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History & Citizenship: Official Power & Countervailing Powers - British Rule

The Rebellions

Andrew D'Anna

on 8 April 2013

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Transcript of History & Citizenship: Official Power & Countervailing Powers - British Rule

__ __ __ __ __ __ __ __ __ __ __ __ __ __
__ __ __ 1774 __ __ __ __ __ __
__ __ __ __ __ __ __ __ __ __ __ __ The Rebellions of 1837-8 Bad
Canada Quebec Act
(1774) American
Revolution Constitutional
Act (1791) Beginnings of
Industrialization (1815) Political
Problems Rebellions
of 1837-8 FIRST WAVE OF INDUSTRIALIZATION The first wave of industrialization saw the
creation of many smoke-producing factories. The pollution was so bad, it
even turned this font black. Cities like Montreal grew quickly in
order to keep up with all the people
moving there from the farms. Work was difficult
and dangerous and
children often did
the worst jobs The same was true in Upper Canada Which led to thousands of people
living very close to one another This was the result... Plus all the new immigrants... Citizens lacked access to clean water and a proper way to dispose of their waste. Child mortality rates were very high.

Families often could not afford education and lived in homes much too small for the size of their families.

In addition, the average person was very poor
and often went without enough to eat. When added to the poor working conditions...

... sickness, disease, and death were realities for most people. Lower Canada's Legislative Assembly wanted to
pass laws that could help these situations... But they were continuously vetoed by the
appointed Executive or Legislative Council I'm extremely
frustrated. This must be
frustrating. This upset the members of the Legislative Assembly,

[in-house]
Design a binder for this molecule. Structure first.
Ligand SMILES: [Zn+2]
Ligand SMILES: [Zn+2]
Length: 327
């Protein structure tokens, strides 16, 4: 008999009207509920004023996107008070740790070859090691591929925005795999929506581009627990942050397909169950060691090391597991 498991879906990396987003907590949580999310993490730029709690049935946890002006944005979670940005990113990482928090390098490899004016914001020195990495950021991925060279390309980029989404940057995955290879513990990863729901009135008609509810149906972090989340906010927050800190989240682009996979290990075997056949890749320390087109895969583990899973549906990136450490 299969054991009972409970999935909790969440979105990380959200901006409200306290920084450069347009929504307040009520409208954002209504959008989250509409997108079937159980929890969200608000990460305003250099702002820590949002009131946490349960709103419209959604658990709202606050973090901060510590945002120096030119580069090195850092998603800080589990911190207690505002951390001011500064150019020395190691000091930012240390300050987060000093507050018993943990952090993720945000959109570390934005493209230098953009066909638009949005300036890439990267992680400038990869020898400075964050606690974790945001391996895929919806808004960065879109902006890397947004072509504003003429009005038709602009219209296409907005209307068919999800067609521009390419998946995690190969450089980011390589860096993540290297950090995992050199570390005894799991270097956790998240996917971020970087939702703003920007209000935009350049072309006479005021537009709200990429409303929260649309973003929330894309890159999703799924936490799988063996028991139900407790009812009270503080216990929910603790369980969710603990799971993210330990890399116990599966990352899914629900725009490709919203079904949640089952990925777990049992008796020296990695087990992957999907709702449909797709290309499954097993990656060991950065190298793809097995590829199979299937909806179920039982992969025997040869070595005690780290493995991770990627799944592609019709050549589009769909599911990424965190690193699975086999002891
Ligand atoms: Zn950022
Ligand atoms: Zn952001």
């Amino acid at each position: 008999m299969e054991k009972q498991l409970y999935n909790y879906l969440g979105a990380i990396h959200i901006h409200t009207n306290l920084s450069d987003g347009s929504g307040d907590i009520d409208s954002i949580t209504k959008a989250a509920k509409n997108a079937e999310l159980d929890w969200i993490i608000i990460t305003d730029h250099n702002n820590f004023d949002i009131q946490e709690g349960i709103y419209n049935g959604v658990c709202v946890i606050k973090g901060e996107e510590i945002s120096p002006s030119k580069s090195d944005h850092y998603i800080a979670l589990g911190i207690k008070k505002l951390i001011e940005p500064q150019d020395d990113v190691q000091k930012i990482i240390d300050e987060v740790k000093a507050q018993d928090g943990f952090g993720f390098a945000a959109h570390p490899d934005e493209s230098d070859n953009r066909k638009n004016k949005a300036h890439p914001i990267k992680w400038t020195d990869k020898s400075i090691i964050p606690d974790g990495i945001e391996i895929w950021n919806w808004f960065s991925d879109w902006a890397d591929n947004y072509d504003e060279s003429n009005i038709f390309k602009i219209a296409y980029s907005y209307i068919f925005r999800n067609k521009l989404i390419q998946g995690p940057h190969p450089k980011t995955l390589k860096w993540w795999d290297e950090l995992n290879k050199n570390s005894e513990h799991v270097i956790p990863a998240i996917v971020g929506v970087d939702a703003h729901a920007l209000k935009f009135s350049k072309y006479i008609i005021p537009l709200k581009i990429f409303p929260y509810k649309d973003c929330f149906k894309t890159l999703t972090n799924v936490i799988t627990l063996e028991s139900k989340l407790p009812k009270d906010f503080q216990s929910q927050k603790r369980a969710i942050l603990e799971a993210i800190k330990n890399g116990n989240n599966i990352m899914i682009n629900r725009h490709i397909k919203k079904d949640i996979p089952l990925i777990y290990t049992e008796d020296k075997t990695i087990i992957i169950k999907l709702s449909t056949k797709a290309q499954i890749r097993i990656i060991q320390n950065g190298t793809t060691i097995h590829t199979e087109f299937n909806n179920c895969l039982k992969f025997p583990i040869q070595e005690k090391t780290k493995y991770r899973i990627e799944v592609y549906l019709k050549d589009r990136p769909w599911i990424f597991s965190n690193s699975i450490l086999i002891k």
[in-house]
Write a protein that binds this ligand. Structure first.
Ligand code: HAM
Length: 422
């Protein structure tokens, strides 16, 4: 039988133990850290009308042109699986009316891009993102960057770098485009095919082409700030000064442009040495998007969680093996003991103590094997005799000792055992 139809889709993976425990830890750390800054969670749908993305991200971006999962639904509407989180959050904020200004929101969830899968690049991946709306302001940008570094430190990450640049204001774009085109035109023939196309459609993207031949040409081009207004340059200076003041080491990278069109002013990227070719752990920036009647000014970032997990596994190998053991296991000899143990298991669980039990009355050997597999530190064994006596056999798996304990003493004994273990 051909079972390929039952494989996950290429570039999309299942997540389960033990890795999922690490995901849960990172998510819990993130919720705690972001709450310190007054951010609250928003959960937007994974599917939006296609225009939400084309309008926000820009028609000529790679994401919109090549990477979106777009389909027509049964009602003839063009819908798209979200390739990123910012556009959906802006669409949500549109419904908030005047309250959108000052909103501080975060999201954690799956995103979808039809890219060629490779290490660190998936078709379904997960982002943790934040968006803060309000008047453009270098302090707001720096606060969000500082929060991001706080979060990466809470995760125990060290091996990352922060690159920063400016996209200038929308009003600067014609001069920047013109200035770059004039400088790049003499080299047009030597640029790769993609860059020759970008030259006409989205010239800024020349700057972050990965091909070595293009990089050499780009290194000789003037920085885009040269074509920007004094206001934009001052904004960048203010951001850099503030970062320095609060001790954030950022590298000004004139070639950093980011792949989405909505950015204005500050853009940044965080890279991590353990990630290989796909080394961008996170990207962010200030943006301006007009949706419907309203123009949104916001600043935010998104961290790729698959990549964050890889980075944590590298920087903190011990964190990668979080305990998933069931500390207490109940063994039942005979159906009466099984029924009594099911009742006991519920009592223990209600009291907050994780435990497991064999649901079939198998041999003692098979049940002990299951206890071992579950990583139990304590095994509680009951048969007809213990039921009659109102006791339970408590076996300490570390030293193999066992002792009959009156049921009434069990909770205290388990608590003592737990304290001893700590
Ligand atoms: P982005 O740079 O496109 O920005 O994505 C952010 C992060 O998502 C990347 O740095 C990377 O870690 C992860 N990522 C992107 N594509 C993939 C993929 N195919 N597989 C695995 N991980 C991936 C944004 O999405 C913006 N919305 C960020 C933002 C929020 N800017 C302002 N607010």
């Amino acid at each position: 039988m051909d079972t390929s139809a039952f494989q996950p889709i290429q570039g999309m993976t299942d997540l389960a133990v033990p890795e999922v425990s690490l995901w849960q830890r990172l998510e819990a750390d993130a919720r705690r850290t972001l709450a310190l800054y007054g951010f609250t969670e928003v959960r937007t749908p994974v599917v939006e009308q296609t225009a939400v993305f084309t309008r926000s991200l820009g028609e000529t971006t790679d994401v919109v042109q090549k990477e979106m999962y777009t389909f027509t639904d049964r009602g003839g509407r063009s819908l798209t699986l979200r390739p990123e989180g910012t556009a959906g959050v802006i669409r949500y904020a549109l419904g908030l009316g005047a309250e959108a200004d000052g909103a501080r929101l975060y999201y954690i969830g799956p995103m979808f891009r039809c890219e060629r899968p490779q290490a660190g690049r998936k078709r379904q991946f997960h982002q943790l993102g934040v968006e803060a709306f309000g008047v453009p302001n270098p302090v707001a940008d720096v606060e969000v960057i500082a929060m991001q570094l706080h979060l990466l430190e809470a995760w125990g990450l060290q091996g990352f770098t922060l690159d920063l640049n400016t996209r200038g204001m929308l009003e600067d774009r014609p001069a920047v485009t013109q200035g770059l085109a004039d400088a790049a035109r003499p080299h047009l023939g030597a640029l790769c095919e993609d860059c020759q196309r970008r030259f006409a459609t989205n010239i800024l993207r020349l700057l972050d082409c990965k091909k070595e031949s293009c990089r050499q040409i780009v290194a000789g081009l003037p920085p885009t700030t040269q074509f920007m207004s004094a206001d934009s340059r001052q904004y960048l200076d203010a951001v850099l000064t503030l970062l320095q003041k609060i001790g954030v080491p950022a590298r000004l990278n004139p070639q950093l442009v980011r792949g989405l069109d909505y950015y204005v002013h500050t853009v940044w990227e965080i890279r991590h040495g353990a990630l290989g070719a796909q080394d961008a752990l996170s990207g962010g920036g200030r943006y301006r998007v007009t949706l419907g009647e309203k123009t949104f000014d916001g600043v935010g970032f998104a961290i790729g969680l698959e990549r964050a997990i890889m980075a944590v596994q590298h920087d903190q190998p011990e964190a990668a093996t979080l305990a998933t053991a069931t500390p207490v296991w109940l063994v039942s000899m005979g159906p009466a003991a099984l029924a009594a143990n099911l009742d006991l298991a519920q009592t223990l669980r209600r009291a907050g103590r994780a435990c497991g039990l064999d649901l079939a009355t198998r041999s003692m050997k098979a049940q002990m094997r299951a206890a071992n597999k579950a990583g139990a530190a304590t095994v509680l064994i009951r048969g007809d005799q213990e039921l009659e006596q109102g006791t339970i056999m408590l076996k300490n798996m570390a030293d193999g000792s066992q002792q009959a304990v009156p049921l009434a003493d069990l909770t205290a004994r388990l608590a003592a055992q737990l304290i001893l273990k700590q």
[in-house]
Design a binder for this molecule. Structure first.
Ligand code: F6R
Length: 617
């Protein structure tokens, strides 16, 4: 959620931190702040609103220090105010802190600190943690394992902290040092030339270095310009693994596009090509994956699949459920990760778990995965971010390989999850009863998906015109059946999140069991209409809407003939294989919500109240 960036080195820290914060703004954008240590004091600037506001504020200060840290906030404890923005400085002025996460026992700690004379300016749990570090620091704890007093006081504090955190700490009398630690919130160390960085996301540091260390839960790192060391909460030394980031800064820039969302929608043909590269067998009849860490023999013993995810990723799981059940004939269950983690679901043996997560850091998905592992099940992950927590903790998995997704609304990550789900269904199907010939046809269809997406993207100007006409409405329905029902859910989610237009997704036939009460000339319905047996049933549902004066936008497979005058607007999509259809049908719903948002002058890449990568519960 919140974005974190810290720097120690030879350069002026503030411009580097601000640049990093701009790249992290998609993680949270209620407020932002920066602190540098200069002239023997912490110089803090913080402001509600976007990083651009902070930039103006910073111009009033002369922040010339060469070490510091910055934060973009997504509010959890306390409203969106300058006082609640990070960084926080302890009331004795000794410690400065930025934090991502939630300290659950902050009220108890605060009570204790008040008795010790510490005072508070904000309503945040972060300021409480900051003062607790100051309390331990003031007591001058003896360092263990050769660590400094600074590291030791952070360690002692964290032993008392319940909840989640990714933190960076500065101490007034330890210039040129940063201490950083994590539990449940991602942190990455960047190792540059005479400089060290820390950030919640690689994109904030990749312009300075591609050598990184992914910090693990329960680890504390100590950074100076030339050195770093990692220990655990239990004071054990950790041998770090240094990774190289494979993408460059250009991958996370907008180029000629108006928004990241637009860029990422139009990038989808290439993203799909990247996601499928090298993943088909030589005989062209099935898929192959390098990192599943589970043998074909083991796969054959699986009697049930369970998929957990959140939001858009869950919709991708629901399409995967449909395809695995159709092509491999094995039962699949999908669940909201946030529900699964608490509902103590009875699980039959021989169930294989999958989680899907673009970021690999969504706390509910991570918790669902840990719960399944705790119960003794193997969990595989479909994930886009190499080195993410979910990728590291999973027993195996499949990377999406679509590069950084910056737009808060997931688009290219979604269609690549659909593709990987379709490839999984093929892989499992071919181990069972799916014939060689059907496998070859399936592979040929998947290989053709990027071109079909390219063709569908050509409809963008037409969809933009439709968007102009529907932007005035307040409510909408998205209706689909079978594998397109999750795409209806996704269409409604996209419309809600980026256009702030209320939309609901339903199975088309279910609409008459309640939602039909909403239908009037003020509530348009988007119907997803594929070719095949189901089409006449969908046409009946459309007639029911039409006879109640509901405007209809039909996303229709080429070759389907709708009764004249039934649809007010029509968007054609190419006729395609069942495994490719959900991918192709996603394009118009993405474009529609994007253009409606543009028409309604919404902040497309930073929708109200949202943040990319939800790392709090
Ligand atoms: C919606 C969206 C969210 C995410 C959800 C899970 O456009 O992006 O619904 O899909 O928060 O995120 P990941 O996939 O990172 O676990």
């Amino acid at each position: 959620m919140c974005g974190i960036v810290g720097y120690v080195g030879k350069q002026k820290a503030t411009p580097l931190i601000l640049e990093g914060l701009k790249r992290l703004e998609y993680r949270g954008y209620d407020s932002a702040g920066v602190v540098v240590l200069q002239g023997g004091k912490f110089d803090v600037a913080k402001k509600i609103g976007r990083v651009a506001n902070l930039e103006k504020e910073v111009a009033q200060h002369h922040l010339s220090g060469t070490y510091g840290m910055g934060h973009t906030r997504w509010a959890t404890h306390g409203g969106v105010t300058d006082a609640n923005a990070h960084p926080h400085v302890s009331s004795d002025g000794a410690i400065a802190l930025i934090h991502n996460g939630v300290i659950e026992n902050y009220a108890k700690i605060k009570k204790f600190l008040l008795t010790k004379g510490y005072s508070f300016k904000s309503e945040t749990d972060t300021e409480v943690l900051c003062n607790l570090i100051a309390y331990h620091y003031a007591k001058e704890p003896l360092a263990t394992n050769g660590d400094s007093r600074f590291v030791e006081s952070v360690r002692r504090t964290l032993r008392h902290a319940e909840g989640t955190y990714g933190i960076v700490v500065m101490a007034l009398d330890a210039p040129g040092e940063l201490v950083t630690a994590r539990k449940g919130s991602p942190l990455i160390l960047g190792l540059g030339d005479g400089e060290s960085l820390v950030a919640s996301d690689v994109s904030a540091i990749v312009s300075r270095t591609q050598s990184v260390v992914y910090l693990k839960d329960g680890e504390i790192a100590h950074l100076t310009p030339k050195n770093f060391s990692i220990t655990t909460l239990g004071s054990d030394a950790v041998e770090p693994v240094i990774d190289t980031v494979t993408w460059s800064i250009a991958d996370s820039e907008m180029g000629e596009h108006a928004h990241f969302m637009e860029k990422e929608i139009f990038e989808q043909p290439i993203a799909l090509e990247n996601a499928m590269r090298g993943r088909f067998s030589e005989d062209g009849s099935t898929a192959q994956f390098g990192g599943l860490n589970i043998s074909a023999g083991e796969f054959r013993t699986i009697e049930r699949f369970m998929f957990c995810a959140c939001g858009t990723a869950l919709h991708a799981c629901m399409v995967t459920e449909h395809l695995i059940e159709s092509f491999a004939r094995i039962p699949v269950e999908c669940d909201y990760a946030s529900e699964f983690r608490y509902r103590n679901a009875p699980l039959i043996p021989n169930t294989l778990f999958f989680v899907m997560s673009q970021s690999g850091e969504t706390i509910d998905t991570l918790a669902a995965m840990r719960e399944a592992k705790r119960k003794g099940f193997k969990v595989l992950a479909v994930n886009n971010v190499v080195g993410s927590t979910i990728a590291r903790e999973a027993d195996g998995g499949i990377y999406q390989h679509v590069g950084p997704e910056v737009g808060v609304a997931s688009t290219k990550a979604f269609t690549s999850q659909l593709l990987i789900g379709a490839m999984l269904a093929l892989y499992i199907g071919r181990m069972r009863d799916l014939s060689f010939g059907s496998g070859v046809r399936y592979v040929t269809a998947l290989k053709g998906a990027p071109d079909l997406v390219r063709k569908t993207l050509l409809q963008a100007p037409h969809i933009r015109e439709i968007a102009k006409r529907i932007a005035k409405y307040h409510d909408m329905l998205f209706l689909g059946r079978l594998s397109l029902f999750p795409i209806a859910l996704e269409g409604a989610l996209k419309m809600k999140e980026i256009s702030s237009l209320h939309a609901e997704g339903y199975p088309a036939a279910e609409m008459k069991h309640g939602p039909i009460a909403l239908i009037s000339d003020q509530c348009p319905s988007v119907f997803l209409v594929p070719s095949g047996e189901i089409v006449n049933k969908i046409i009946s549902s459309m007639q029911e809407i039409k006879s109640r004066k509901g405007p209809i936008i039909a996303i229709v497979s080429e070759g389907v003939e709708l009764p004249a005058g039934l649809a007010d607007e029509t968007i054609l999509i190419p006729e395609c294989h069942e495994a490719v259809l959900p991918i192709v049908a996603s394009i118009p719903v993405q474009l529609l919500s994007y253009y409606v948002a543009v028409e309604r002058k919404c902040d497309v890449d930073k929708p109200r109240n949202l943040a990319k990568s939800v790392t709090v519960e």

as well as the Canadiens who voted for them. There were 2 major political parties in the Legislative Assembly of Lower Canada Parti Canadien/Patriote & British Party British colonists usually
supported the British Party While French-Canadiens usually
supported the Parti Patriote The Parti Patriote fought for the increased power of the legislative assembly in order to better represent the French-speaking population and Louis-Joseph
Papineau As their demands became more and more radical, they would lose the support of the Catholic Church and of the Canadien nobility. They were still supported by the many
French Canadien colonists of Lower Canada. HOWEVER One of the Parti Canadien/Patriote's
"radical" demands: Responsible Government which meant they wanted members of the Executive Council to be selected from the Legislative Assembly instead of appointed by the Governor. Papineau and the Parti Patriote
wrote down all these demands in
a paper called the "92 Resolutions" The British Party and the British colonists,
as well as the British Governor were not happy.


They were well-
treated now,
and did not
want change. British Party Parti Patriote vs. What did these parties do to
convince the public they were right? Conservative

Catholic Church

Legislative Council
blocked Assembly

Governor could
dissolve Assembly

Closed down
Patriote newspapers Had more voters
than British did

Refused to pass
the budget

"Le Canadien"


Held large
assemblies The Catholic Church supported the British government instead of the Parti Patriote because the British let them
keep a lot of their power (ex: tithes) in exchange for this support against the Parti Patriote and the eventual Rebellion. Eventually, all this political fighting turned
into armed conflict between the two groups
shortly after Britain officially rejected the 92 Resolutions. The Reform Party was like Upper
Canada's version of the Parti Patriote The Parti Patriote and the Reform Party formed an alliance with each other.

They asked their supporters to boycott British products and held large assemblies. This armed conflict is what's known
as the Rebellions of 1837-8 The British colonial army fought against the Patriote rebels. Eventually, the rebels would lose the rebellion.

Many rebels were convicted of treason and
either deported to Australia or hanged. The Rebellions had failed. Interpret: contemporaryworldlbp@gmail.com Urbanization in 1815 The 92 Resolutions Papineau addresses crowd, 1837 + +
Full transcript